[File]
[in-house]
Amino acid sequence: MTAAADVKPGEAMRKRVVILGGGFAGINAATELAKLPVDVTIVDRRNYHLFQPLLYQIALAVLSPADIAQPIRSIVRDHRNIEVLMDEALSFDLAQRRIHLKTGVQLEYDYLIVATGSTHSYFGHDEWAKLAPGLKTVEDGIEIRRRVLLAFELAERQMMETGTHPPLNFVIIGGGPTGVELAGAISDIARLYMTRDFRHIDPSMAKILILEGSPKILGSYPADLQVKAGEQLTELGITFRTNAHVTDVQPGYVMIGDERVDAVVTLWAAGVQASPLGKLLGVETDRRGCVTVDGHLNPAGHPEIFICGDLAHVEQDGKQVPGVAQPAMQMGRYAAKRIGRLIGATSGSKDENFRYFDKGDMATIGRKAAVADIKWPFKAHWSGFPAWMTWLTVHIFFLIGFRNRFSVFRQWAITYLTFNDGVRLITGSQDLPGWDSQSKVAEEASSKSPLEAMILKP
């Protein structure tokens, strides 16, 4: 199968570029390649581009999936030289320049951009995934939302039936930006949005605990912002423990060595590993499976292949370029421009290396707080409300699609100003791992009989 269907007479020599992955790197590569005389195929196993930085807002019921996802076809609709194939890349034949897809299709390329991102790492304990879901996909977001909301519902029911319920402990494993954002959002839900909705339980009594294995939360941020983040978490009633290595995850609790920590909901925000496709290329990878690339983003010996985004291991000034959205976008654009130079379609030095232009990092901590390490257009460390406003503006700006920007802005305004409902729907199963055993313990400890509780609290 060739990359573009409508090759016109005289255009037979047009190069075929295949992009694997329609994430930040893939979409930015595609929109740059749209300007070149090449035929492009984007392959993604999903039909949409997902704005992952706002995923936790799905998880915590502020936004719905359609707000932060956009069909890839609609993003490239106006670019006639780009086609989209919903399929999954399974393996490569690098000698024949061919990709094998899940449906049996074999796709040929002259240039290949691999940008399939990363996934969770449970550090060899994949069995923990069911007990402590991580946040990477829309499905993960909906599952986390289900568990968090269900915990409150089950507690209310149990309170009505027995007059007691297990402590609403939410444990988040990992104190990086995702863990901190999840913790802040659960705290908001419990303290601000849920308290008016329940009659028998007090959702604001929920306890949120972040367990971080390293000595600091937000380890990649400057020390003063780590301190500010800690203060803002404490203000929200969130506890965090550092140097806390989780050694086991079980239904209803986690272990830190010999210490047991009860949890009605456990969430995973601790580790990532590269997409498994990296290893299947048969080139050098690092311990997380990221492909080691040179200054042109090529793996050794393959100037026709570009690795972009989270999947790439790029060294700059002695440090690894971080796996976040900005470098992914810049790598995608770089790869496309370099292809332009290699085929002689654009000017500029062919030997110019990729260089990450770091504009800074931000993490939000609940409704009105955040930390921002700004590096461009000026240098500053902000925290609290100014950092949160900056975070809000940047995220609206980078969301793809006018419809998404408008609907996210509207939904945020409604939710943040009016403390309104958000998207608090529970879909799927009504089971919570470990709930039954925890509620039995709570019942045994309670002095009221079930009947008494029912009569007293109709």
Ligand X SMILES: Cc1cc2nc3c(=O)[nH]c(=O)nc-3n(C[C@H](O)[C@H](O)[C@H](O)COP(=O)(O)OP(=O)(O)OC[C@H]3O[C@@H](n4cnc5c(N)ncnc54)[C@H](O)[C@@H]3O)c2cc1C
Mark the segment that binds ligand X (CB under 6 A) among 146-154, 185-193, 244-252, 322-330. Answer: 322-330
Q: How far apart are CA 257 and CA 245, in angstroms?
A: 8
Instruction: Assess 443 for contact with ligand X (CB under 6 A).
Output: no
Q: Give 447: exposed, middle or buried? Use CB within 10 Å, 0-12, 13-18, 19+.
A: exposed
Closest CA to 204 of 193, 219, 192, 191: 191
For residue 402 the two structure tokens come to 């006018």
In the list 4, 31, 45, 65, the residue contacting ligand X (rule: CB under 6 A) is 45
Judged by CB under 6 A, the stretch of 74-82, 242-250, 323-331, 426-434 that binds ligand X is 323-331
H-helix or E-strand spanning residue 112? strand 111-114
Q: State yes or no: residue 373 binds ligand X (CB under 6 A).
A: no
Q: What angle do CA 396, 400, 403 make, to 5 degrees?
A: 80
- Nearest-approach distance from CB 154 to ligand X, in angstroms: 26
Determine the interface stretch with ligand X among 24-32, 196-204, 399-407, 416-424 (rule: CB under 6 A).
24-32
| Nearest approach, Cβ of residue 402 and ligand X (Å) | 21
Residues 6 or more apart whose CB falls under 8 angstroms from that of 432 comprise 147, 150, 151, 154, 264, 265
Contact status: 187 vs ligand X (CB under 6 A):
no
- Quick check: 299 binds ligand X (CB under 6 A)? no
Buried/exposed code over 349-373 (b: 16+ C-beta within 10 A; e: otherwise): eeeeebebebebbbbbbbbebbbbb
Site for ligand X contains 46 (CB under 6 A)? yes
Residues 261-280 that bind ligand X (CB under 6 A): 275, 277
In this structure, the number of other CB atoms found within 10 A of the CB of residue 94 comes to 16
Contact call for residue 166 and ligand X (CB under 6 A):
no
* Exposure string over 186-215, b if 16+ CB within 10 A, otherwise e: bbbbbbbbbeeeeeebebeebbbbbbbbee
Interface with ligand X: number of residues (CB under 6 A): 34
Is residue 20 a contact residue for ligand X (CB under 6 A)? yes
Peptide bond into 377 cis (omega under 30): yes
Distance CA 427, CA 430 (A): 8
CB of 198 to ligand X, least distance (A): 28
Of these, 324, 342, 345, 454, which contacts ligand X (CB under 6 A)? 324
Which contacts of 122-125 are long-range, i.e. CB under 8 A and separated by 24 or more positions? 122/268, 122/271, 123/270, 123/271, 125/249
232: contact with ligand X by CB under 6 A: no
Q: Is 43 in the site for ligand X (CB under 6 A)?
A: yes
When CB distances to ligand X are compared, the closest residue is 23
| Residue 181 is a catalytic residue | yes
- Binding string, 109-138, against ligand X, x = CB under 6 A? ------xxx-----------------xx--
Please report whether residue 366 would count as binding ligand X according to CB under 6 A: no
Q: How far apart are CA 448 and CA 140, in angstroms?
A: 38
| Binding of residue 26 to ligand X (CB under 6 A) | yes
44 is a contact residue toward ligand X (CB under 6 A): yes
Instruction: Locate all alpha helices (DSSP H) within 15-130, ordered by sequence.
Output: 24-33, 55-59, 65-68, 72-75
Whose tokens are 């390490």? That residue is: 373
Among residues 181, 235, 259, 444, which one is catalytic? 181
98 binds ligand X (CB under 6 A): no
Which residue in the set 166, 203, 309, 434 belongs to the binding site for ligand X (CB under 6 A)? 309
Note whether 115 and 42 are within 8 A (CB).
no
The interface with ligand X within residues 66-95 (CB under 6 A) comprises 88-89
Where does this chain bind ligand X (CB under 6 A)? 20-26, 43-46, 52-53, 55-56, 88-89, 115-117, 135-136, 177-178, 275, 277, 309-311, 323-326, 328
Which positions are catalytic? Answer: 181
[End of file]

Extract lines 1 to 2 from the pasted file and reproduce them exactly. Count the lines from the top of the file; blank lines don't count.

[in-house]
Amino acid sequence: MTAAADVKPGEAMRKRVVILGGGFAGINAATELAKLPVDVTIVDRRNYHLFQPLLYQIALAVLSPADIAQPIRSIVRDHRNIEVLMDEALSFDLAQRRIHLKTGVQLEYDYLIVATGSTHSYFGHDEWAKLAPGLKTVEDGIEIRRRVLLAFELAERQMMETGTHPPLNFVIIGGGPTGVELAGAISDIARLYMTRDFRHIDPSMAKILILEGSPKILGSYPADLQVKAGEQLTELGITFRTNAHVTDVQPGYVMIGDERVDAVVTLWAAGVQASPLGKLLGVETDRRGCVTVDGHLNPAGHPEIFICGDLAHVEQDGKQVPGVAQPAMQMGRYAAKRIGRLIGATSGSKDENFRYFDKGDMATIGRKAAVADIKWPFKAHWSGFPAWMTWLTVHIFFLIGFRNRFSVFRQWAITYLTFNDGVRLITGSQDLPGWDSQSKVAEEASSKSPLEAMILKP